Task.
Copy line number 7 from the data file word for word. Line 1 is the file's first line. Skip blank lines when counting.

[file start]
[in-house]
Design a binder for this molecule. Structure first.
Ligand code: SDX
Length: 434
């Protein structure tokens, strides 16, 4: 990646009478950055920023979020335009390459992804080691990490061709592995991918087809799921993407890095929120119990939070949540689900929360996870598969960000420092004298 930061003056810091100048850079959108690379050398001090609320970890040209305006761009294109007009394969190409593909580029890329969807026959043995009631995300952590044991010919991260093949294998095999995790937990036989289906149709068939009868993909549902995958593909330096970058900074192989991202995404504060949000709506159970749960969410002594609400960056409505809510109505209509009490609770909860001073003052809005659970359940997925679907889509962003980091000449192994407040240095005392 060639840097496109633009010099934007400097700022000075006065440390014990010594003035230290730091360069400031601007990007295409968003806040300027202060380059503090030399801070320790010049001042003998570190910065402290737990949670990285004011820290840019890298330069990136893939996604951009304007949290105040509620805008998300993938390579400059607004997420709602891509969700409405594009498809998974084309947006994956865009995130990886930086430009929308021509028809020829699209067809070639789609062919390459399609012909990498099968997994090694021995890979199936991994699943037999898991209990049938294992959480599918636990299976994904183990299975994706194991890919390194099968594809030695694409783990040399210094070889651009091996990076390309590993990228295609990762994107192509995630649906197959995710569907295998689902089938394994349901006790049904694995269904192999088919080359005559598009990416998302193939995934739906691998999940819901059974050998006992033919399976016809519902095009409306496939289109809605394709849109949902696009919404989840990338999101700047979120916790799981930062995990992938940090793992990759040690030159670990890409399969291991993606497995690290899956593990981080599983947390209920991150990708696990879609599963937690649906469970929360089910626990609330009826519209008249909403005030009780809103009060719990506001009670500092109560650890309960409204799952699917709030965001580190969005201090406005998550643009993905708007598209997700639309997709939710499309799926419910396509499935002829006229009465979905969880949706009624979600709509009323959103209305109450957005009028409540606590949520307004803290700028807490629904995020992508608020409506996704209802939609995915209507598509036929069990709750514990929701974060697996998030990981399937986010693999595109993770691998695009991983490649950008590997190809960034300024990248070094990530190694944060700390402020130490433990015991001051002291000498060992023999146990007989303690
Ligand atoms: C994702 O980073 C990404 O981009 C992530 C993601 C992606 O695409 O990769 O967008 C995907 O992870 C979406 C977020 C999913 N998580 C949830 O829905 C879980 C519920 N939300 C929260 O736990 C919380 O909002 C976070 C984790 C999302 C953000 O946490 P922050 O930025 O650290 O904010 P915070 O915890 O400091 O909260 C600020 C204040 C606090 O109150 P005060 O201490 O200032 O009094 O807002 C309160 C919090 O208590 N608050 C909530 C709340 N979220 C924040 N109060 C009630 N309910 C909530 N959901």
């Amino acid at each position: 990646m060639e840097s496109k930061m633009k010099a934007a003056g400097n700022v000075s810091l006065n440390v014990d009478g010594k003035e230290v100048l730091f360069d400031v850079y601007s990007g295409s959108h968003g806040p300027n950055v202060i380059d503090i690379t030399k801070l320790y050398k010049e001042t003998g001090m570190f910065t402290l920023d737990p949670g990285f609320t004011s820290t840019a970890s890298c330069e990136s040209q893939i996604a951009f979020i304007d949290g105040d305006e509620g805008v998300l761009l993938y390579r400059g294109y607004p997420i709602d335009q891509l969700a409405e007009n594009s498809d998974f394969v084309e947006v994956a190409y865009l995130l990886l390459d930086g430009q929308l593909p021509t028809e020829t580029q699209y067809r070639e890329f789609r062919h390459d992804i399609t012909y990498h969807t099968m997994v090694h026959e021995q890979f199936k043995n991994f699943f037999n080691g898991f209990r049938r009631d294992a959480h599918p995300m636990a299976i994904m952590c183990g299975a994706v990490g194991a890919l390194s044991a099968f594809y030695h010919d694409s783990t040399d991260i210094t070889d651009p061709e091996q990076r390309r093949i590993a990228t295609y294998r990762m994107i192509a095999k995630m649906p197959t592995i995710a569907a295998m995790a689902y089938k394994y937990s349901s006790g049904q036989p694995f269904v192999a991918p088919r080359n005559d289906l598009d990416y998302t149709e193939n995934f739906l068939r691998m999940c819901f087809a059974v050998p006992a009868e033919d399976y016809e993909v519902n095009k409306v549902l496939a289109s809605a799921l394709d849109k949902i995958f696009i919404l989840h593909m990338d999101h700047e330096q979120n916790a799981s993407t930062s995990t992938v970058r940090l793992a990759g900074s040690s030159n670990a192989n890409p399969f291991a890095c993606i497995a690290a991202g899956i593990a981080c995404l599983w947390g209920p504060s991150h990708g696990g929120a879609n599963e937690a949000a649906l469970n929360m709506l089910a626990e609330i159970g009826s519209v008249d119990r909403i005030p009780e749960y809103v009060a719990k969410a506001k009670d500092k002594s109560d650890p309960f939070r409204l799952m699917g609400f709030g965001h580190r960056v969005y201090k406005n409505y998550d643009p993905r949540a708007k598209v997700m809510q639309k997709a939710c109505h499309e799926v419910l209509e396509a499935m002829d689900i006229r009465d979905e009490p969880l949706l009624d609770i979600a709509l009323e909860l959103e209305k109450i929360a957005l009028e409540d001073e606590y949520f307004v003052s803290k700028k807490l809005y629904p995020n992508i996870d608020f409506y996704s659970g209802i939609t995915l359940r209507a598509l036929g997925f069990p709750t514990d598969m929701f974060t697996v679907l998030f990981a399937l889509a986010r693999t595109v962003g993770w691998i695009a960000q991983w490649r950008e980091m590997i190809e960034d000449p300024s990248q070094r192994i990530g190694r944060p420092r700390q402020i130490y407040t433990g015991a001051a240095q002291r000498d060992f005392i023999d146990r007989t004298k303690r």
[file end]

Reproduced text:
């Amino acid at each position: 990646m060639e840097s496109k930061m633009k010099a934007a003056g400097n700022v000075s810091l006065n440390v014990d009478g010594k003035e230290v100048l730091f360069d400031v850079y601007s990007g295409s959108h968003g806040p300027n950055v202060i380059d503090i690379t030399k801070l320790y050398k010049e001042t003998g001090m570190f910065t402290l920023d737990p949670g990285f609320t004011s820290t840019a970890s890298c330069e990136s040209q893939i996604a951009f979020i304007d949290g105040d305006e509620g805008v998300l761009l993938y390579r400059g294109y607004p997420i709602d335009q891509l969700a409405e007009n594009s498809d998974f394969v084309e947006v994956a190409y865009l995130l990886l390459d930086g430009q929308l593909p021509t028809e020829t580029q699209y067809r070639e890329f789609r062919h390459d992804i399609t012909y990498h969807t099968m997994v090694h026959e021995q890979f199936k043995n991994f699943f037999n080691g898991f209990r049938r009631d294992a959480h599918p995300m636990a299976i994904m952590c183990g299975a994706v990490g194991a890919l390194s044991a099968f594809y030695h010919d694409s783990t040399d991260i210094t070889d651009p061709e091996q990076r390309r093949i590993a990228t295609y294998r990762m994107i192509a095999k995630m649906p197959t592995i995710a569907a295998m995790a689902y089938k394994y937990s349901s006790g049904q036989p694995f269904v192999a991918p088919r080359n005559d289906l598009d990416y998302t149709e193939n995934f739906l068939r691998m999940c819901f087809a059974v050998p006992a009868e033919d399976y016809e993909v519902n095009k409306v549902l496939a289109s809605a799921l394709d849109k949902i995958f696009i919404l989840h593909m990338d999101h700047e330096q979120n916790a799981s993407t930062s995990t992938v970058r940090l793992a990759g900074s040690s030159n670990a192989n890409p399969f291991a890095c993606i497995a690290a991202g899956i593990a981080c995404l599983w947390g209920p504060s991150h990708g696990g929120a879609n599963e937690a949000a649906l469970n929360m709506l089910a626990e609330i159970g009826s519209v008249d119990r909403i005030p009780e749960y809103v009060a719990k969410a506001k009670d500092k002594s109560d650890p309960f939070r409204l799952m699917g609400f709030g965001h580190r960056v969005y201090k406005n409505y998550d643009p993905r949540a708007k598209v997700m809510q639309k997709a939710c109505h499309e799926v419910l209509e396509a499935m002829d689900i006229r009465d979905e009490p969880l949706l009624d609770i979600a709509l009323e909860l959103e209305k109450i929360a957005l009028e409540d001073e606590y949520f307004v003052s803290k700028k807490l809005y629904p995020n992508i996870d608020f409506y996704s659970g209802i939609t995915l359940r209507a598509l036929g997925f069990p709750t514990d598969m929701f974060t697996v679907l998030f990981a399937l889509a986010r693999t595109v962003g993770w691998i695009a960000q991983w490649r950008e980091m590997i190809e960034d000449p300024s990248q070094r192994i990530g190694r944060p420092r700390q402020i130490y407040t433990g015991a001051a240095q002291r000498d060992f005392i023999d146990r007989t004298k303690r």